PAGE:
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Old July 12th 03, 05:33 PM
Ralph Nesbitt
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"Fred B" wrote in message
. ..
Thanks, Cap. That was a good discussion.

Prehaps to get a better grasp of GA Safety it would be necessary to
evaluate/compare sub-catagories of GA incidents into professional, semi-
professional, & recreational pilot groups.

For purpose of discussion the "Professional Group" would include
instructors, others who fly for pay. The semi-professional group are those
that fly themselves as an adjunt to their professional activities on a
regular basis . The recreation group being those who fly for recreation
Ralph Nesbitt
Professional FD/CFR/ARFF Type

"Captain Wubba" wrote in message
While I agree with the need to look at this kind of data in multiple
ways, I think the 'per departure' numbers may be very misleading.
First off, there are plenty of GA planes that make literally hundreds
of departures per week. I see training planes at my airport do a dozen
touch-and-goes an hour, and these planes often fly 30-40 hours a week
in the summer. Does that count as a 'departure'? If so, then that
would dramatically reduce the 'per departure' GA accident rate. If
not, then why count the automoble 'departure' that consists of a 1
mile drive to the video store? A more 'meaningful' comparison would be
to compare the fatalities in different groupings of activity. While
this is necessarily somewhat arbitrary, I think a reasonable question
would be "If I will be travelling more than 100 miles on this trip,
and going between two cities, what is the liklihood that I will arrive
safely in a GA plane vs. a car?" After all, airplanes and cars have
very different mission profiles on short trips. One can hardly compare
a 2 mile trip in a car to a 750 mile hard-IFR cross country. Neither
can one compare a T&G with an instructor aboard to a 250 mile car trip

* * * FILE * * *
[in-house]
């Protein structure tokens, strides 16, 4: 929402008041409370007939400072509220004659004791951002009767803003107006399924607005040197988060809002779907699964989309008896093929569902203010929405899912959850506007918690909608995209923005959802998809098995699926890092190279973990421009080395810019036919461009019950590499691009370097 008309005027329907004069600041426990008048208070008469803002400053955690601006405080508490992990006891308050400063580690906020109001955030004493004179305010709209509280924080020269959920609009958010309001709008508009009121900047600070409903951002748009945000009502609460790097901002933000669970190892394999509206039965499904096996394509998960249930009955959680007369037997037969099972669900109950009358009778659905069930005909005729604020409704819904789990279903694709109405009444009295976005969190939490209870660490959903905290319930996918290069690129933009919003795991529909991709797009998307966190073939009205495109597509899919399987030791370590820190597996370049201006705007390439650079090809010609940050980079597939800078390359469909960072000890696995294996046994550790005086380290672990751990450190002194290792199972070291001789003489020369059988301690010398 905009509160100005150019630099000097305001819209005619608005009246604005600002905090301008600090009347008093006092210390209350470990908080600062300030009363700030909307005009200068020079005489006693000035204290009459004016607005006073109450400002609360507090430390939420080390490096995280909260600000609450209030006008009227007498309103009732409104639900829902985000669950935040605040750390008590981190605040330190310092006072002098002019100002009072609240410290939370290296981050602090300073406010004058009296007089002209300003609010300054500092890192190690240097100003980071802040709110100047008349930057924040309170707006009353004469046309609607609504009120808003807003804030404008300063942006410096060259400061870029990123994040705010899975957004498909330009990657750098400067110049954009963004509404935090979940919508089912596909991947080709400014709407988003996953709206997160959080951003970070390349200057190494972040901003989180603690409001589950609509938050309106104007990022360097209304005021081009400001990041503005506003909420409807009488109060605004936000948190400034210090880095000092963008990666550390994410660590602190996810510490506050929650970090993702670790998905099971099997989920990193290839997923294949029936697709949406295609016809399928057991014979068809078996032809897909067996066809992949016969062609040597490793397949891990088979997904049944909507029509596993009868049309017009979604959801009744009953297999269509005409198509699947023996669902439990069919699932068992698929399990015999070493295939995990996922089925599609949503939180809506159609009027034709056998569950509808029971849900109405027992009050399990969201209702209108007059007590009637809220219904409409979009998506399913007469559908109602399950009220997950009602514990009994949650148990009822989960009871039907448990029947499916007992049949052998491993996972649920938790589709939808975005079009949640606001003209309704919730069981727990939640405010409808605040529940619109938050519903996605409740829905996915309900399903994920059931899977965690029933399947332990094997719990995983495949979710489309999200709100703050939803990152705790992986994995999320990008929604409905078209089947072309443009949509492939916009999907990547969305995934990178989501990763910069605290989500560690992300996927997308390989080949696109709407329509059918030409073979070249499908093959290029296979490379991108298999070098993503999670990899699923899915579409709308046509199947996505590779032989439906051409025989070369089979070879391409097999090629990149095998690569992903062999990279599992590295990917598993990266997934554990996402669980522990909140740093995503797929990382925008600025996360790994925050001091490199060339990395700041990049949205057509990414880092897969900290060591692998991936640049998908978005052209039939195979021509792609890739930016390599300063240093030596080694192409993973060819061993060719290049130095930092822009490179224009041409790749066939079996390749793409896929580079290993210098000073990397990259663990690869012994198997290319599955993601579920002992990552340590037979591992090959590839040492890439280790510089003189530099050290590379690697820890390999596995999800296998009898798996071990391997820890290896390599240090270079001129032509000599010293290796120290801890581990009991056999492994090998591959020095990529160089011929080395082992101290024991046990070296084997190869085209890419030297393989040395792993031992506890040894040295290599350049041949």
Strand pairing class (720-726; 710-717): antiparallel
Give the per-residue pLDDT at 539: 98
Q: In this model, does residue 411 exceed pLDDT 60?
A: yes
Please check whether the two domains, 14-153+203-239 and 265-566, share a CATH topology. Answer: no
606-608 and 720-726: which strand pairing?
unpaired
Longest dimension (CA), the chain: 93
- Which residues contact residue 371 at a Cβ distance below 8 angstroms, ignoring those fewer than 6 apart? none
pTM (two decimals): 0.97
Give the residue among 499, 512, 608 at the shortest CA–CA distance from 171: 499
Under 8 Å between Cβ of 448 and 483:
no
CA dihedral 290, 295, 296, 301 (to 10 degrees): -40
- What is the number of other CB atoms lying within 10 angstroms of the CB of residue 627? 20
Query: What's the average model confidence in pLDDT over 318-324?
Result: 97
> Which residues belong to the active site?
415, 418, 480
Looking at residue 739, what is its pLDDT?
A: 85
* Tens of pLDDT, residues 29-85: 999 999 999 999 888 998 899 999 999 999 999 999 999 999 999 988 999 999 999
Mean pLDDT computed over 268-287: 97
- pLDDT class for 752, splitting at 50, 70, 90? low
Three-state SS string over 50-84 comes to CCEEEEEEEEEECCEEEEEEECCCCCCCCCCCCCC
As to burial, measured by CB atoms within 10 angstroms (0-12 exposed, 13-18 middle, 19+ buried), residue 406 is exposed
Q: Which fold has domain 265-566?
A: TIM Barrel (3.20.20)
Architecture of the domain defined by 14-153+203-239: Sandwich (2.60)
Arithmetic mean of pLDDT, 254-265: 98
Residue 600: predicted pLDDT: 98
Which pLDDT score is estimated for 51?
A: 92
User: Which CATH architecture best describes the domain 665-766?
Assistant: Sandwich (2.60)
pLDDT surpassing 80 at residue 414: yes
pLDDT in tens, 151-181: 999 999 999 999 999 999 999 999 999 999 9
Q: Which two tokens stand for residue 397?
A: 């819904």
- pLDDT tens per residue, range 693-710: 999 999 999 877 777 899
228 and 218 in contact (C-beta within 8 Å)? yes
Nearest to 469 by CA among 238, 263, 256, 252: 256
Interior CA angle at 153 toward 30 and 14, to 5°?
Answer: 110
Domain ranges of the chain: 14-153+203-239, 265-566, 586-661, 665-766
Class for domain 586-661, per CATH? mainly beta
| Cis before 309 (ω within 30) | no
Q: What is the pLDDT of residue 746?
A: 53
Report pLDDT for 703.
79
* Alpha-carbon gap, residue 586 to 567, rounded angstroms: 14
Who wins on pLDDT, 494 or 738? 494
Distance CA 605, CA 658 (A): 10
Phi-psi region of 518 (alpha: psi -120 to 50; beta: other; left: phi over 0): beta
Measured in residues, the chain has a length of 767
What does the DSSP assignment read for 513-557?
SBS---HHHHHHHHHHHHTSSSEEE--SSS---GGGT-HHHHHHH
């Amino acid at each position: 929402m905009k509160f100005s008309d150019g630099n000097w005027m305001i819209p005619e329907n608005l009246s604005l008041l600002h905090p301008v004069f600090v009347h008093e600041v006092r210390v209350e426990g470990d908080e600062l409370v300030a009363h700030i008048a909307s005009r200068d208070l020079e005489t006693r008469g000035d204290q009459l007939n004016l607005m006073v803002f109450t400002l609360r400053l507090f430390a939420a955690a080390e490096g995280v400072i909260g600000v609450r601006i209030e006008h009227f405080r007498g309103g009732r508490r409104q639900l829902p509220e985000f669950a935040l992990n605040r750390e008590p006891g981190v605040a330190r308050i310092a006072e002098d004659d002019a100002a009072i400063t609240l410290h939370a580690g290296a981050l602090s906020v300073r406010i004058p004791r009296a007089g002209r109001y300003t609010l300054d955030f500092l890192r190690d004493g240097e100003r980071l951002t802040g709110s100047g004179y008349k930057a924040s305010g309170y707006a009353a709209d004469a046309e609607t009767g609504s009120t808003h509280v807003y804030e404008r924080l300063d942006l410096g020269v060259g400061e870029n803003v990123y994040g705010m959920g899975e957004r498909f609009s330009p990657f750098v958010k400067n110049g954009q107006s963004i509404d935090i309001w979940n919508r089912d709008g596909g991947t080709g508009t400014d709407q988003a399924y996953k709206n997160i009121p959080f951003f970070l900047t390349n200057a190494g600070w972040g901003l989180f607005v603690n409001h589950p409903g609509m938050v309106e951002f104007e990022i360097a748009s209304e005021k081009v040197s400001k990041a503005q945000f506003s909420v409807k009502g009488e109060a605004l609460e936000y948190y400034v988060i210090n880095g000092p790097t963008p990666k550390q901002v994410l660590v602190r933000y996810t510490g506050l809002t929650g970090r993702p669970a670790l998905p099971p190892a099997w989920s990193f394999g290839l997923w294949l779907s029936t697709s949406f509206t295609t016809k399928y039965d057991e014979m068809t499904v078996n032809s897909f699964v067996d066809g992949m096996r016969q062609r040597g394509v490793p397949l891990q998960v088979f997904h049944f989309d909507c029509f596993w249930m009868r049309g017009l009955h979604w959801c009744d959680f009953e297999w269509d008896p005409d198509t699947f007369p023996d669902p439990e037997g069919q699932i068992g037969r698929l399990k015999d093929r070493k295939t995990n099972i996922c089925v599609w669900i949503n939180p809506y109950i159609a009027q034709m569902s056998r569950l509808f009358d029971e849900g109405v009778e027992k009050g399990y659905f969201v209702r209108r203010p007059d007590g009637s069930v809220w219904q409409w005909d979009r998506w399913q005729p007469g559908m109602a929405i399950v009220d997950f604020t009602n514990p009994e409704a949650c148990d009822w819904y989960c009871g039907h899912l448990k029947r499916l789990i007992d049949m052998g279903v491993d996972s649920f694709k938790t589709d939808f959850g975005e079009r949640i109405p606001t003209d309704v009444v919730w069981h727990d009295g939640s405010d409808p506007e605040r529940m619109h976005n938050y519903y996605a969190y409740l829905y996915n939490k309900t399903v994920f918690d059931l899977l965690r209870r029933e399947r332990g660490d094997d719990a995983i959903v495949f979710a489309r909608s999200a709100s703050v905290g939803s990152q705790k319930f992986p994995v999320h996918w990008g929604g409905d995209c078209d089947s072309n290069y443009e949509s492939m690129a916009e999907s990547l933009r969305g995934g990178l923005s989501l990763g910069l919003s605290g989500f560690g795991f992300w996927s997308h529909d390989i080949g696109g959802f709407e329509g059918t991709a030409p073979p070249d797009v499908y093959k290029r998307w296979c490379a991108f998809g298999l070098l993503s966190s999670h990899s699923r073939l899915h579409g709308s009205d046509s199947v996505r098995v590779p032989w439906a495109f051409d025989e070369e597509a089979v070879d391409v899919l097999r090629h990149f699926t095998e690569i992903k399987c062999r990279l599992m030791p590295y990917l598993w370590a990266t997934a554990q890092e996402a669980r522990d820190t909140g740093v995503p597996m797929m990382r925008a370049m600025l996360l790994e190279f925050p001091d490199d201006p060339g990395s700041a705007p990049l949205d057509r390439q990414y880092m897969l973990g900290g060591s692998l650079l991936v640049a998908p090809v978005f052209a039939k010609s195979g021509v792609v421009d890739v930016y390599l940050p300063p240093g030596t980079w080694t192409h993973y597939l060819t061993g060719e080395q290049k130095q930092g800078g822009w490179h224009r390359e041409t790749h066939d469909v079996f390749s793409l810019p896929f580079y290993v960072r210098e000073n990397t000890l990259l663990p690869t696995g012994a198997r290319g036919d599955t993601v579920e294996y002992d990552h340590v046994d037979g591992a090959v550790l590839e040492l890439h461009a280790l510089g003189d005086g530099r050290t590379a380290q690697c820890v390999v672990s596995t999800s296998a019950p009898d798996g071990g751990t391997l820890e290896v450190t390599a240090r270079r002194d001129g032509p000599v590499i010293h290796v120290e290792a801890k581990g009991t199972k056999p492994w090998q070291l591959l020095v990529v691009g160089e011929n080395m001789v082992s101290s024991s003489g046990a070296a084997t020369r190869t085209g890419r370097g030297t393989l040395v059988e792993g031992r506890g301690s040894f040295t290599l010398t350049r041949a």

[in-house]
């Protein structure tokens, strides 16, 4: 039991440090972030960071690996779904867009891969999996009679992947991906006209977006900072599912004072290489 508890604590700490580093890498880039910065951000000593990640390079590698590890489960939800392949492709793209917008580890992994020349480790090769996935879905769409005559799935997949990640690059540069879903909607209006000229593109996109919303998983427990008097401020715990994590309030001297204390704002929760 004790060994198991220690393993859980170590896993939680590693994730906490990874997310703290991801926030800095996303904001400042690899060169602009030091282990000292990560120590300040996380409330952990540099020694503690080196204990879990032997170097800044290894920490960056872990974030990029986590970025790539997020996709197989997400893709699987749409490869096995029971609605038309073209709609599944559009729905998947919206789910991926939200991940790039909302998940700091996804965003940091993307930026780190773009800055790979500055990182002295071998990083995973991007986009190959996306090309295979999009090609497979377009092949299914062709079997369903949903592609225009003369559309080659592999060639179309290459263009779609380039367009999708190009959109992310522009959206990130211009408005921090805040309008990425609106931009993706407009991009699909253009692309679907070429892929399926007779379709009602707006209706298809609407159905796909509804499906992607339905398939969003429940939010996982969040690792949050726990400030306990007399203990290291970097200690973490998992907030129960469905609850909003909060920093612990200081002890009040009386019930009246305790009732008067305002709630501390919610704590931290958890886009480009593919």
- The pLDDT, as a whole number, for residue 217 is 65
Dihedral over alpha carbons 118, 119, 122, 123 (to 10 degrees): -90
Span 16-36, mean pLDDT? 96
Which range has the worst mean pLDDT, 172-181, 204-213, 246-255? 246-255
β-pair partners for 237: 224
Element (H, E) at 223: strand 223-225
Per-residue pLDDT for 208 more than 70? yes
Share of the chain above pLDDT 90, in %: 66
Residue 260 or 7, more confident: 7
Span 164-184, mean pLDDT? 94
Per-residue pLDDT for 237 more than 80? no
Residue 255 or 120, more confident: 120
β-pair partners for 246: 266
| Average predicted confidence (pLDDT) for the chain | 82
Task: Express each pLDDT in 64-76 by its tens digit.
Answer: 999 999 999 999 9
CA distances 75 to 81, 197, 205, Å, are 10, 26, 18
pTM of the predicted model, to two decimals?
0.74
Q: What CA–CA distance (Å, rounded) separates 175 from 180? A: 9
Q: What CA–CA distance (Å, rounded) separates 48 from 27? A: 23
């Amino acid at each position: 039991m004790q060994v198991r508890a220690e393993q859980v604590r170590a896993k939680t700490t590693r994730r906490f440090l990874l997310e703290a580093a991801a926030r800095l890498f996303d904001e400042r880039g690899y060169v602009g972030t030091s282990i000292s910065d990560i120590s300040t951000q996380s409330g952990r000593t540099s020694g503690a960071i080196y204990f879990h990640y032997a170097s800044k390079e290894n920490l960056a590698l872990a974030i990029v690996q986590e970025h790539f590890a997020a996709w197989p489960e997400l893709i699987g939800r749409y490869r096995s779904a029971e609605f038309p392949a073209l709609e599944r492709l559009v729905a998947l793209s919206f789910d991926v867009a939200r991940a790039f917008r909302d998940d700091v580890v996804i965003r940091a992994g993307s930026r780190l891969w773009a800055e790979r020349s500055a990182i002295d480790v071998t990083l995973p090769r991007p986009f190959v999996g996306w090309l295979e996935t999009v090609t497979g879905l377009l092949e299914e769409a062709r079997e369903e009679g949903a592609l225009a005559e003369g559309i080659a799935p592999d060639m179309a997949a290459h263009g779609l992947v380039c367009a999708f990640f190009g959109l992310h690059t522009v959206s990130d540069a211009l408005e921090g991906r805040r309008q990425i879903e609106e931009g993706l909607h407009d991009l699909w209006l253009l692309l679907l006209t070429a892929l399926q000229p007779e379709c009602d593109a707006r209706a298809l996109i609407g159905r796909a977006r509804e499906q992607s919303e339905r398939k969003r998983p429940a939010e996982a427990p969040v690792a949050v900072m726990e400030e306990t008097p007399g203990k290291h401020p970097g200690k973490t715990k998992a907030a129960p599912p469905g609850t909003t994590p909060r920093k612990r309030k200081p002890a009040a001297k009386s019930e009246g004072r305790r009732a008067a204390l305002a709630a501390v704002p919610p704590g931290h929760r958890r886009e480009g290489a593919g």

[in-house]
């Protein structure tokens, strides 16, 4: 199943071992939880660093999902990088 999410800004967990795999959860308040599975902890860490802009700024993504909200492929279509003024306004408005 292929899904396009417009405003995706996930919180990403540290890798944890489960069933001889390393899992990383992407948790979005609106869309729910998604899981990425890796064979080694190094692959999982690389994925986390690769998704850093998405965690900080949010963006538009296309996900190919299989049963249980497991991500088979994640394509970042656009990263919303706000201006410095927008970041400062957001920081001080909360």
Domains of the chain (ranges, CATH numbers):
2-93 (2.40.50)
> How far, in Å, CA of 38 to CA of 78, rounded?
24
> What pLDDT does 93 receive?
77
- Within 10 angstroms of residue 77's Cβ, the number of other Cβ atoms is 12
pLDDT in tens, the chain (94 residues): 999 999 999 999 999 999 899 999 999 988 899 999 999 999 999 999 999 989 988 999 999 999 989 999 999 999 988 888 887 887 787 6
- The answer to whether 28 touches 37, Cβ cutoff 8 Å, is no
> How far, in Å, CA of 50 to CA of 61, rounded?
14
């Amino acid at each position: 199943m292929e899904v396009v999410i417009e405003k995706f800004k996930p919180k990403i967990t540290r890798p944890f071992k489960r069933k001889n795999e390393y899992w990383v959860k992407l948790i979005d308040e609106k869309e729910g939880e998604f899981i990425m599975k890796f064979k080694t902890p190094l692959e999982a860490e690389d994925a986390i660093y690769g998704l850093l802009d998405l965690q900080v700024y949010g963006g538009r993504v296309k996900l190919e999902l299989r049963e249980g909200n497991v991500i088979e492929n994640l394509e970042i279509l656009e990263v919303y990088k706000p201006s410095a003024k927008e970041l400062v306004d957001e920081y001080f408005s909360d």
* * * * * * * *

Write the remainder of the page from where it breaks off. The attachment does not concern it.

in a driving blizzard. The comparison would be meaningless.

In this, I think GA will come out better than one might think. I
remember reading something from AAA a couple years ago basically
saying that long-distance driving (i.e. or more than two hours I
believe) was dramatically more dangerous than local driving. Which is
quite logical. I recently returned (driving) from a 150 mile trip, and
saw at least 10 crosses by the sides of the highway. I think that the
comparison between this kind of driving and GA flying a similar
distance will yield a reasonably close rate of fatality.

In the end, one thing we know for certain is that the vast majority of
aircraft fatalities are directly attributable to pilot error. I
randomly looked at 100 NTSB fatal-accident reports the other day (slow
day). 91% of these crashes were clearly pilot error. And, as the Nall
Report reiterates every year, something like 75% of all aircraft
accidents are related to just one of three causes (VFR into IMC,
low-level maneauvering [stall-spins], and fuel mismanagement. This
isn't complex stuff. This is trivially easy to prevent. All it takes
is training and discipline.

Personally, I think it is safer to fly GA with a 'professional'
quality pilot than it is to drive a similar distance (assuming a cross
country). If 90% of airplane fatalities can be attributed to pilots
acting stupid, then it stands to reason that if you only fly with
pilots who have the training and discipoline to *not* act the fool,
then you are much more likely to arrive safely than if you were flying
with the 'average' pilots. If GA has a reputation for being dangerous,
there is nobody to blame but ourselves. there *ever* an
excuse for running out of gas? Is there ever an excuse for
intentionally flying into clouds when you are not qualified or
prepared? But pilots do it all the time. And kill people.

I'd feel much safer in the back of a 182 travelling 200 miles, being
piloted by a pilot who never busts minima, who never lands with less
than hour of gas, and who never shows off than I would even driving my
own car that 200 miles. My odds of getting hit by a drunk driver, or
getting clipped by a truck that can't see me, or getting distracted
for that one second and not seeing the brake lights ahead of me seem
vastly higher in the car than in the plane.